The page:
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WASHINGTON, DC-The International Bank for Reconstruction and Development–one of the two institutions that make up the World Bank–has renewed 150,000 square feet at 1776 G St., NW, a 266,000-square-foot building owned by Washington Real Estate Investment Trust. IBRD, in fact, occupies the entire building in two separate leases, WRIT’s CEO Scott McKinsey tells GlobeSt.com.

The lease for 150,000 square feet has been renewed for a five-year term, starting January 1, 2011. The 61,000-square-foot parcel of space expires in February 28, 2014. McKinsey declined to say what the building’s rental rate was. He did note that WRIT’s overall occupancy by quarter end was 92.3%–a figure that includes this deal.

Indeed, WRIT has appeared to weather the recession fairly well, at least based on its occupancy levels and lease activity. According to its recent earnings report, its occupancy rate was 93% a year ago, and 92.6% in the Q4 2008. During the first quarter of the year, WRIT signed commercial leases for 235,000 square feet with an average rental rate increase of 11.1% over expiring lease rates, an average lease term of 3.6 years, tenant improvement costs of $4.81 per square foot and leasing costs of $4.07 per square foot.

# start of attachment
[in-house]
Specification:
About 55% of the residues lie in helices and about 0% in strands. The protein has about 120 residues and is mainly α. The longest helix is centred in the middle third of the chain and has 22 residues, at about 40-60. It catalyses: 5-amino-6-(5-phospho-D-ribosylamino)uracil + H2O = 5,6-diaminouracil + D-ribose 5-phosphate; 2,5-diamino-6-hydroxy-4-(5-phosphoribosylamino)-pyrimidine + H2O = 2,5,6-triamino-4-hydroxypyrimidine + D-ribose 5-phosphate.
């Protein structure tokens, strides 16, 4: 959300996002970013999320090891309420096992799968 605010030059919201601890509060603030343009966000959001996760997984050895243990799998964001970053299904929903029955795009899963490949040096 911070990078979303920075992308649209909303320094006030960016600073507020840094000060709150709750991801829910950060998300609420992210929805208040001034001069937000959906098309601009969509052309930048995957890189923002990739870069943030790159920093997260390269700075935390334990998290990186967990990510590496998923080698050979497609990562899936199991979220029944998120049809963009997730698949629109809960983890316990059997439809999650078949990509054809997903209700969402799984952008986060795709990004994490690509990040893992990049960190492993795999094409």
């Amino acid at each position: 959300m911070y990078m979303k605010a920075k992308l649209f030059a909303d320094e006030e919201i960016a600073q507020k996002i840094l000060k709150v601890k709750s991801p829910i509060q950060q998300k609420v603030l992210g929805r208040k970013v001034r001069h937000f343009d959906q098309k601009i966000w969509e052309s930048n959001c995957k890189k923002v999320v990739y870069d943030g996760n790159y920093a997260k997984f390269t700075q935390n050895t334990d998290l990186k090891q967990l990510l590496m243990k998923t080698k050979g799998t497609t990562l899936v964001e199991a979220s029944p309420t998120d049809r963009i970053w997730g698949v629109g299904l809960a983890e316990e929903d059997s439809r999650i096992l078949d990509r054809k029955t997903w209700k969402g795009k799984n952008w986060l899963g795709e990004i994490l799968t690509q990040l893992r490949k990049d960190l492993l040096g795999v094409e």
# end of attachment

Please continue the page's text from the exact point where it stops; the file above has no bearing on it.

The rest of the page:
Rental rates for new and renewed office leases specifically–as opposed to the average of its medical, office and retail holdings–increased 13.4% to $31.84 per square foot, with $16.03 per square foot in tenant improvement costs and $12.36 per square foot in leasing costs.

The World Bank’s lease is also illustrative of the hard floor international or pan-national institutions also provide under DC’s real estate market–much like the US federal government.

Earlier this year, in fact, the World Bank signed a 10-year lease for Brookfield Properties’ newly redeveloped 1225 Connecticut Ave.–a 227,000-square-foot building. Brookfield had spent the last two years renovating 1225 Connecticut Ave.–a $32-million investment, which has been designed to meet Gold LEED standards. The deal, among other benefits, frees up Brookfield to focus on its other newly delivered buildings in the District.

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